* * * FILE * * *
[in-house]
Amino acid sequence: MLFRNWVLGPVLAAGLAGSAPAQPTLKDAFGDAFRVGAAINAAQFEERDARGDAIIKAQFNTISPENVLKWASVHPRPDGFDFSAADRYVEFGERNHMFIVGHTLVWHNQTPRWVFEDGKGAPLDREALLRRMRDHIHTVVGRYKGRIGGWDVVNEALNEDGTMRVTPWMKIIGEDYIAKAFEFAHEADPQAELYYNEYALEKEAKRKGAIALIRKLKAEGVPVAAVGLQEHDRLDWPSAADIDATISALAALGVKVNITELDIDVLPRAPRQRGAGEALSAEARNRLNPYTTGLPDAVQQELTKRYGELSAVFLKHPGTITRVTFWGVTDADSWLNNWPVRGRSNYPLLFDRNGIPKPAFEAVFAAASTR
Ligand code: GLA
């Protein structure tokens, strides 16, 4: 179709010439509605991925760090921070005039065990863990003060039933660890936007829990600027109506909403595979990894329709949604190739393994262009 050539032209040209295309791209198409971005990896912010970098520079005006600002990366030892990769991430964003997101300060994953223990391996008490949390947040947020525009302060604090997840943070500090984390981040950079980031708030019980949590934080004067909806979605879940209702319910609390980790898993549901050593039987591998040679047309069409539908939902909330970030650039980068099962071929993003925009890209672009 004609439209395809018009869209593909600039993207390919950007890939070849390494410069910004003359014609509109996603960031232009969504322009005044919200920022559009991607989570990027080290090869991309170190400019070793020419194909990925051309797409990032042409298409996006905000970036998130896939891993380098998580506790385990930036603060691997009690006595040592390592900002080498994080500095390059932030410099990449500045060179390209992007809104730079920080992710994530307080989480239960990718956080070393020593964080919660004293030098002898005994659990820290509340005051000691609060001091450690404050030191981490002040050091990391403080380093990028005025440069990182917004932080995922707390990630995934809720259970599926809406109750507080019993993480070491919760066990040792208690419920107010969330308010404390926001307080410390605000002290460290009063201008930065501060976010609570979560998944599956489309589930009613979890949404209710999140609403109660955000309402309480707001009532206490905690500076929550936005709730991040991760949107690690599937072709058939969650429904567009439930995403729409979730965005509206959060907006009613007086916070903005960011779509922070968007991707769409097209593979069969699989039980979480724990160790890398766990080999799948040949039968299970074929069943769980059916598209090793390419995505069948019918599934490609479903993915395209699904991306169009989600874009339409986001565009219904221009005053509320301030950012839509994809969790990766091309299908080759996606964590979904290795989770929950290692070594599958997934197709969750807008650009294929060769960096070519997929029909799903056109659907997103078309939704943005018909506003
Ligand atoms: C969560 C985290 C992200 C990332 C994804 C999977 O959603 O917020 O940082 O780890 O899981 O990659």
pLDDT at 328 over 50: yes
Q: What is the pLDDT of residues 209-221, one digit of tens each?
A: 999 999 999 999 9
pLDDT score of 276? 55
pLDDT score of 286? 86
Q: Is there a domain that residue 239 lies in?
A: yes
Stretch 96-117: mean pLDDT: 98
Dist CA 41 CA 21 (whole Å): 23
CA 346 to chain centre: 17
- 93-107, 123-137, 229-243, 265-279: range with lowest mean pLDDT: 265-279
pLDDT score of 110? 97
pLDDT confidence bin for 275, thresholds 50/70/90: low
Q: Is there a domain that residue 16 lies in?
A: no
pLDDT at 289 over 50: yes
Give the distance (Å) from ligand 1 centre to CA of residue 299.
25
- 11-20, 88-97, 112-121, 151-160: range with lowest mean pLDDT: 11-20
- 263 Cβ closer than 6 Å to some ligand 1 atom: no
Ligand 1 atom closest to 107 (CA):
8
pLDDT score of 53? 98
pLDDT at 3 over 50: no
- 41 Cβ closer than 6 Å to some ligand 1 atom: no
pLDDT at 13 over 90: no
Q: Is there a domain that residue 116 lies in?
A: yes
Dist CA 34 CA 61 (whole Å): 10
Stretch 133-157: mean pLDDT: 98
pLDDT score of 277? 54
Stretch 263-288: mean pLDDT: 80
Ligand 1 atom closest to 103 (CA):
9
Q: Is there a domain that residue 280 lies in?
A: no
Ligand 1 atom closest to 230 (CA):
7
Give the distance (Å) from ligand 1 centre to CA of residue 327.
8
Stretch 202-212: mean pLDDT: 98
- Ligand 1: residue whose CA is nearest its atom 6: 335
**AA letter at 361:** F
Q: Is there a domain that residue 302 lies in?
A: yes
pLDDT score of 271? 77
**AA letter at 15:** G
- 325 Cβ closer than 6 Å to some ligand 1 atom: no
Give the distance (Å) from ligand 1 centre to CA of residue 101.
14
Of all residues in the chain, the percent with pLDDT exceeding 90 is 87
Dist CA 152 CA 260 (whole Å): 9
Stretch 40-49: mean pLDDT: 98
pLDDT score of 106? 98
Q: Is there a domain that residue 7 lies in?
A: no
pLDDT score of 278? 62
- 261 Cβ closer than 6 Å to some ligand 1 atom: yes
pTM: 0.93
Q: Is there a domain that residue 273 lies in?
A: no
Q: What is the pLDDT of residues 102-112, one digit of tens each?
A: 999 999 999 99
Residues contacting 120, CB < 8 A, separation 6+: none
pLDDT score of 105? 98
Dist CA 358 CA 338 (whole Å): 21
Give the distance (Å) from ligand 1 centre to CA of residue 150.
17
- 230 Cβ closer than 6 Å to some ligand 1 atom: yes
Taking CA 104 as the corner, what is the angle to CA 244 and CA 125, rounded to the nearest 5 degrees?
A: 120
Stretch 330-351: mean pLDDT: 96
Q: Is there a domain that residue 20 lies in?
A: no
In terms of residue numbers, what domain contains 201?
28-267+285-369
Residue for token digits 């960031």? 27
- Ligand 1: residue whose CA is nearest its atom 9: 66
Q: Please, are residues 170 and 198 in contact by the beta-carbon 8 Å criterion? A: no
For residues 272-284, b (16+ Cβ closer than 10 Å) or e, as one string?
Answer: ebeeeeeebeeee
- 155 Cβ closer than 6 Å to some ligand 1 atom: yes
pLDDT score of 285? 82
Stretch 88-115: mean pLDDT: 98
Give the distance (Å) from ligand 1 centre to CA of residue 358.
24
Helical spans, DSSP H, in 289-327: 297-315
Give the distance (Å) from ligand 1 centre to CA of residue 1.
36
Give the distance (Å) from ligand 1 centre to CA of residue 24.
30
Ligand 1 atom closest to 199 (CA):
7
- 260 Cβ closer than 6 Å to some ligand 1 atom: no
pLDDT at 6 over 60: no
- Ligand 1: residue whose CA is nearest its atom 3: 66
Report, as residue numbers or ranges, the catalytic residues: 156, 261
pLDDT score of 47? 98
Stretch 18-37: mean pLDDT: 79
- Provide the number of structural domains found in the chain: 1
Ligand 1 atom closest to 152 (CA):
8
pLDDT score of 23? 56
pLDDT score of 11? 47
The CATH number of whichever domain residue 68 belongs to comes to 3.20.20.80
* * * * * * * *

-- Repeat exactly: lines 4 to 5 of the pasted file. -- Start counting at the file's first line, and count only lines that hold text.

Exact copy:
């Protein structure tokens, strides 16, 4: 179709010439509605991925760090921070005039065990863990003060039933660890936007829990600027109506909403595979990894329709949604190739393994262009 050539032209040209295309791209198409971005990896912010970098520079005006600002990366030892990769991430964003997101300060994953223990391996008490949390947040947020525009302060604090997840943070500090984390981040950079980031708030019980949590934080004067909806979605879940209702319910609390980790898993549901050593039987591998040679047309069409539908939902909330970030650039980068099962071929993003925009890209672009 004609439209395809018009869209593909600039993207390919950007890939070849390494410069910004003359014609509109996603960031232009969504322009005044919200920022559009991607989570990027080290090869991309170190400019070793020419194909990925051309797409990032042409298409996006905000970036998130896939891993380098998580506790385990930036603060691997009690006595040592390592900002080498994080500095390059932030410099990449500045060179390209992007809104730079920080992710994530307080989480239960990718956080070393020593964080919660004293030098002898005994659990820290509340005051000691609060001091450690404050030191981490002040050091990391403080380093990028005025440069990182917004932080995922707390990630995934809720259970599926809406109750507080019993993480070491919760066990040792208690419920107010969330308010404390926001307080410390605000002290460290009063201008930065501060976010609570979560998944599956489309589930009613979890949404209710999140609403109660955000309402309480707001009532206490905690500076929550936005709730991040991760949107690690599937072709058939969650429904567009439930995403729409979730965005509206959060907006009613007086916070903005960011779509922070968007991707769409097209593979069969699989039980979480724990160790890398766990080999799948040949039968299970074929069943769980059916598209090793390419995505069948019918599934490609479903993915395209699904991306169009989600874009339409986001565009219904221009005053509320301030950012839509994809969790990766091309299908080759996606964590979904290795989770929950290692070594599958997934197709969750807008650009294929060769960096070519997929029909799903056109659907997103078309939704943005018909506003
Ligand atoms: C969560 C985290 C992200 C990332 C994804 C999977 O959603 O917020 O940082 O780890 O899981 O990659």